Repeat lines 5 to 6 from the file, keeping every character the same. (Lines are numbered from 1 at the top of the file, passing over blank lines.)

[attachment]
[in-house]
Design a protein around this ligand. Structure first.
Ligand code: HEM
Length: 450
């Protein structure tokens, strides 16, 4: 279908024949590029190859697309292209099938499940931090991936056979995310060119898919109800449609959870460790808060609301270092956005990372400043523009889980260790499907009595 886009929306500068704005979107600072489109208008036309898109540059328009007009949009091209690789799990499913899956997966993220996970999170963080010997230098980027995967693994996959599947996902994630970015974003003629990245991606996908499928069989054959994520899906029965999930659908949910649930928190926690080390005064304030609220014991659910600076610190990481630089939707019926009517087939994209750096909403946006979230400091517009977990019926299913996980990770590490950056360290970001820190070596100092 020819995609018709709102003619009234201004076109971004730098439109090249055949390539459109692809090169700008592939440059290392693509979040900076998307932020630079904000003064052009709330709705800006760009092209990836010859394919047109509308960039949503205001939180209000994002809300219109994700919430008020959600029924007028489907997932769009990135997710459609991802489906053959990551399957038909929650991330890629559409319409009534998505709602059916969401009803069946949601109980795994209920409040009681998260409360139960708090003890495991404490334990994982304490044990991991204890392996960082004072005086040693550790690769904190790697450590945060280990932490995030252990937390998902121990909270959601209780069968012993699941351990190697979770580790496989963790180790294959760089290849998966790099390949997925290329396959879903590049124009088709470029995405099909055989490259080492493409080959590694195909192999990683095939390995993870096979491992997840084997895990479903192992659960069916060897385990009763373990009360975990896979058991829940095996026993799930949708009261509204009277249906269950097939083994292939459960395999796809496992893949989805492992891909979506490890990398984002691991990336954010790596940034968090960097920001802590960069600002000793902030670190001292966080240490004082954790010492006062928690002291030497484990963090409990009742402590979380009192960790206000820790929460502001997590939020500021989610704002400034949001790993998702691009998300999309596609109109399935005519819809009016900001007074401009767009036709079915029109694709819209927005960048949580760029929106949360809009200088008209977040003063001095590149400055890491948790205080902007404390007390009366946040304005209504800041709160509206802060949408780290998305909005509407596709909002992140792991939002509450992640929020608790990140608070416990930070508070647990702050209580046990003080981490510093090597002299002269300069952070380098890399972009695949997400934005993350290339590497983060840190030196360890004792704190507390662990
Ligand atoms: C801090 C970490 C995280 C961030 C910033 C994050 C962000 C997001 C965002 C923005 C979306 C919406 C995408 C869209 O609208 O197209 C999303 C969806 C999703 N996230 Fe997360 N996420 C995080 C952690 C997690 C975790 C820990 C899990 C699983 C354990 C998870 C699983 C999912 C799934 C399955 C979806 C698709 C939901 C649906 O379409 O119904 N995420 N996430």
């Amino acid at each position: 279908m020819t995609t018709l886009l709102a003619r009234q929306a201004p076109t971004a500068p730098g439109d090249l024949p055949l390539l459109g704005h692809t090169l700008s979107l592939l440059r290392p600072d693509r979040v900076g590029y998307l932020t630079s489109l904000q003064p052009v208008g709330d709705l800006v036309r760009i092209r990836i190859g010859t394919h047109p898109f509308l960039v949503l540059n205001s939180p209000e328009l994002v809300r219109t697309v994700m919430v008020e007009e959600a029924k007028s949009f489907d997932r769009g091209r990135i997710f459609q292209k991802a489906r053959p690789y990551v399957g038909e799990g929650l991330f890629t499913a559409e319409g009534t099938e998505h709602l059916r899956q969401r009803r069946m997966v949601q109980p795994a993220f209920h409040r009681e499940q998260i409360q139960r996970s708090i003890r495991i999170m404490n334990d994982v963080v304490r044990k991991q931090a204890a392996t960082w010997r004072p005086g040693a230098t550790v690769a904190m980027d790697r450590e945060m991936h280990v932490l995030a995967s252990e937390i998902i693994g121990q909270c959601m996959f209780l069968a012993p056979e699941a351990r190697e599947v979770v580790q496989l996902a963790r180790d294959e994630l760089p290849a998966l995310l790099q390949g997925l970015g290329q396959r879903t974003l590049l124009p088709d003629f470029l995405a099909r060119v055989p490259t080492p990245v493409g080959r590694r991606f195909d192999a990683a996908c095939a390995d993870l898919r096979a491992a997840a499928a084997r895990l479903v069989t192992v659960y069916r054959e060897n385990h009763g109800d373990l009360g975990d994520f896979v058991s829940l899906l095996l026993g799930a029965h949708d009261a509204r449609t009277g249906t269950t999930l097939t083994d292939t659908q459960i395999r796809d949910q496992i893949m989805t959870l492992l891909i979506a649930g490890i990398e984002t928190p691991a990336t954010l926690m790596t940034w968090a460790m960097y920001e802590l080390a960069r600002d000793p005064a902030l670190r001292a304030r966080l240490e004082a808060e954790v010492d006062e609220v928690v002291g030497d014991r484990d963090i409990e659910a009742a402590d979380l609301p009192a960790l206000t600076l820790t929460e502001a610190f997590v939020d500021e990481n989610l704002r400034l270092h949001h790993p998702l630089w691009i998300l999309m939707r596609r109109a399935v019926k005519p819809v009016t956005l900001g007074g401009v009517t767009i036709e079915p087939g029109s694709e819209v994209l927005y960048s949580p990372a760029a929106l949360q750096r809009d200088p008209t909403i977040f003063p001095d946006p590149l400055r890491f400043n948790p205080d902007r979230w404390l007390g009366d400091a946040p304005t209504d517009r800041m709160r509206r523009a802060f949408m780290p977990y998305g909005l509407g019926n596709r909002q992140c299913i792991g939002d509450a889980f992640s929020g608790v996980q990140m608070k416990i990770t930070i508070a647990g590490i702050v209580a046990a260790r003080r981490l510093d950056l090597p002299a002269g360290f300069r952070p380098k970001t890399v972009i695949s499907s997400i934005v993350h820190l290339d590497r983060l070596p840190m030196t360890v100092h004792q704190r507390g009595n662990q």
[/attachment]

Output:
């Protein structure tokens, strides 16, 4: 279908024949590029190859697309292209099938499940931090991936056979995310060119898919109800449609959870460790808060609301270092956005990372400043523009889980260790499907009595 886009929306500068704005979107600072489109208008036309898109540059328009007009949009091209690789799990499913899956997966993220996970999170963080010997230098980027995967693994996959599947996902994630970015974003003629990245991606996908499928069989054959994520899906029965999930659908949910649930928190926690080390005064304030609220014991659910600076610190990481630089939707019926009517087939994209750096909403946006979230400091517009977990019926299913996980990770590490950056360290970001820190070596100092 020819995609018709709102003619009234201004076109971004730098439109090249055949390539459109692809090169700008592939440059290392693509979040900076998307932020630079904000003064052009709330709705800006760009092209990836010859394919047109509308960039949503205001939180209000994002809300219109994700919430008020959600029924007028489907997932769009990135997710459609991802489906053959990551399957038909929650991330890629559409319409009534998505709602059916969401009803069946949601109980795994209920409040009681998260409360139960708090003890495991404490334990994982304490044990991991204890392996960082004072005086040693550790690769904190790697450590945060280990932490995030252990937390998902121990909270959601209780069968012993699941351990190697979770580790496989963790180790294959760089290849998966790099390949997925290329396959879903590049124009088709470029995405099909055989490259080492493409080959590694195909192999990683095939390995993870096979491992997840084997895990479903192992659960069916060897385990009763373990009360975990896979058991829940095996026993799930949708009261509204009277249906269950097939083994292939459960395999796809496992893949989805492992891909979506490890990398984002691991990336954010790596940034968090960097920001802590960069600002000793902030670190001292966080240490004082954790010492006062928690002291030497484990963090409990009742402590979380009192960790206000820790929460502001997590939020500021989610704002400034949001790993998702691009998300999309596609109109399935005519819809009016900001007074401009767009036709079915029109694709819209927005960048949580760029929106949360809009200088008209977040003063001095590149400055890491948790205080902007404390007390009366946040304005209504800041709160509206802060949408780290998305909005509407596709909002992140792991939002509450992640929020608790990140608070416990930070508070647990702050209580046990003080981490510093090597002299002269300069952070380098890399972009695949997400934005993350290339590497983060840190030196360890004792704190507390662990
Ligand atoms: C801090 C970490 C995280 C961030 C910033 C994050 C962000 C997001 C965002 C923005 C979306 C919406 C995408 C869209 O609208 O197209 C999303 C969806 C999703 N996230 Fe997360 N996420 C995080 C952690 C997690 C975790 C820990 C899990 C699983 C354990 C998870 C699983 C999912 C799934 C399955 C979806 C698709 C939901 C649906 O379409 O119904 N995420 N996430």